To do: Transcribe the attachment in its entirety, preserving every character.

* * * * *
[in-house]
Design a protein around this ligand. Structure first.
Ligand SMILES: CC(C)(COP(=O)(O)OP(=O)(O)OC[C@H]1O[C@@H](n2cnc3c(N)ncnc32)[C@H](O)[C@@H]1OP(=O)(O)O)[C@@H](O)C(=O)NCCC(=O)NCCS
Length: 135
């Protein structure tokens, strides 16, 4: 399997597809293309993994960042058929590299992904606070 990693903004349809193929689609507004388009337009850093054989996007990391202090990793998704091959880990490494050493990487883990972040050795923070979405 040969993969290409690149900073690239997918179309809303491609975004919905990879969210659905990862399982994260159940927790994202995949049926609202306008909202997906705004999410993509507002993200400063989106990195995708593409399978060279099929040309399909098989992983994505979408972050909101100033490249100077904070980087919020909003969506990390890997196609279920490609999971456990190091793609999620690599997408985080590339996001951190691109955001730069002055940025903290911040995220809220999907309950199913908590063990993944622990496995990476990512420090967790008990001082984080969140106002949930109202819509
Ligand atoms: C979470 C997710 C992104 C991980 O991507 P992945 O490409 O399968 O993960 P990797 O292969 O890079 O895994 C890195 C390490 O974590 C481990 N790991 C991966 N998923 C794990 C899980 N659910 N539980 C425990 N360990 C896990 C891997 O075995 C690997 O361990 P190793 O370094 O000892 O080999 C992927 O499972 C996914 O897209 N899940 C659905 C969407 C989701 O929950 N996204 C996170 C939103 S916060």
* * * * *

[in-house]
Design a protein around this ligand. Structure first.
Ligand SMILES: CC(C)(COP(=O)(O)OP(=O)(O)OC[C@H]1O[C@@H](n2cnc3c(N)ncnc32)[C@H](O)[C@@H]1OP(=O)(O)O)[C@@H](O)C(=O)NCCC(=O)NCCS
Length: 135
């Protein structure tokens, strides 16, 4: 399997597809293309993994960042058929590299992904606070 990693903004349809193929689609507004388009337009850093054989996007990391202090990793998704091959880990490494050493990487883990972040050795923070979405 040969993969290409690149900073690239997918179309809303491609975004919905990879969210659905990862399982994260159940927790994202995949049926609202306008909202997906705004999410993509507002993200400063989106990195995708593409399978060279099929040309399909098989992983994505979408972050909101100033490249100077904070980087919020909003969506990390890997196609279920490609999971456990190091793609999620690599997408985080590339996001951190691109955001730069002055940025903290911040995220809220999907309950199913908590063990993944622990496995990476990512420090967790008990001082984080969140106002949930109202819509
Ligand atoms: C979470 C997710 C992104 C991980 O991507 P992945 O490409 O399968 O993960 P990797 O292969 O890079 O895994 C890195 C390490 O974590 C481990 N790991 C991966 N998923 C794990 C899980 N659910 N539980 C425990 N360990 C896990 C891997 O075995 C690997 O361990 P190793 O370094 O000892 O080999 C992927 O499972 C996914 O897209 N899940 C659905 C969407 C989701 O929950 N996204 C996170 C939103 S916060």